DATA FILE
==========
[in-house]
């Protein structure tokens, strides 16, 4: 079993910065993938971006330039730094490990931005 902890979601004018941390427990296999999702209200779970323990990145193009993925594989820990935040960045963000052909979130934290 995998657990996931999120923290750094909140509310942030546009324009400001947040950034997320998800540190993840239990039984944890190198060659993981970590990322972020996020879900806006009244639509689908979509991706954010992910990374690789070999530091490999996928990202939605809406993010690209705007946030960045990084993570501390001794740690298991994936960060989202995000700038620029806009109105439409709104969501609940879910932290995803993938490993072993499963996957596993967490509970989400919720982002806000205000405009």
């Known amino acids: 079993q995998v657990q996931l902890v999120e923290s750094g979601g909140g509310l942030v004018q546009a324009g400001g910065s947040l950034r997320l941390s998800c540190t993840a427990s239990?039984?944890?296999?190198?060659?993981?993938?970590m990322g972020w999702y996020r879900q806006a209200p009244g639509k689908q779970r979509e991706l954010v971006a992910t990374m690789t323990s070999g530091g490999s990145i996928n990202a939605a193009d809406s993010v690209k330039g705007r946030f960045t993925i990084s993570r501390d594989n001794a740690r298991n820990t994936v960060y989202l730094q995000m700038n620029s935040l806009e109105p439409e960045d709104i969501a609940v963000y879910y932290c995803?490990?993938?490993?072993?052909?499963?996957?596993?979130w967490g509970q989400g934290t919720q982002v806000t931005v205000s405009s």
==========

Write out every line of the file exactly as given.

[in-house]
């Protein structure tokens, strides 16, 4: 079993910065993938971006330039730094490990931005 902890979601004018941390427990296999999702209200779970323990990145193009993925594989820990935040960045963000052909979130934290 995998657990996931999120923290750094909140509310942030546009324009400001947040950034997320998800540190993840239990039984944890190198060659993981970590990322972020996020879900806006009244639509689908979509991706954010992910990374690789070999530091490999996928990202939605809406993010690209705007946030960045990084993570501390001794740690298991994936960060989202995000700038620029806009109105439409709104969501609940879910932290995803993938490993072993499963996957596993967490509970989400919720982002806000205000405009």
């Known amino acids: 079993q995998v657990q996931l902890v999120e923290s750094g979601g909140g509310l942030v004018q546009a324009g400001g910065s947040l950034r997320l941390s998800c540190t993840a427990s239990?039984?944890?296999?190198?060659?993981?993938?970590m990322g972020w999702y996020r879900q806006a209200p009244g639509k689908q779970r979509e991706l954010v971006a992910t990374m690789t323990s070999g530091g490999s990145i996928n990202a939605a193009d809406s993010v690209k330039g705007r946030f960045t993925i990084s993570r501390d594989n001794a740690r298991n820990t994936v960060y989202l730094q995000m700038n620029s935040l806009e109105p439409e960045d709104i969501a609940v963000y879910y932290c995803?490990?993938?490993?072993?052909?499963?996957?596993?979130w967490g509970q989400g934290t919720q982002v806000t931005v205000s405009s």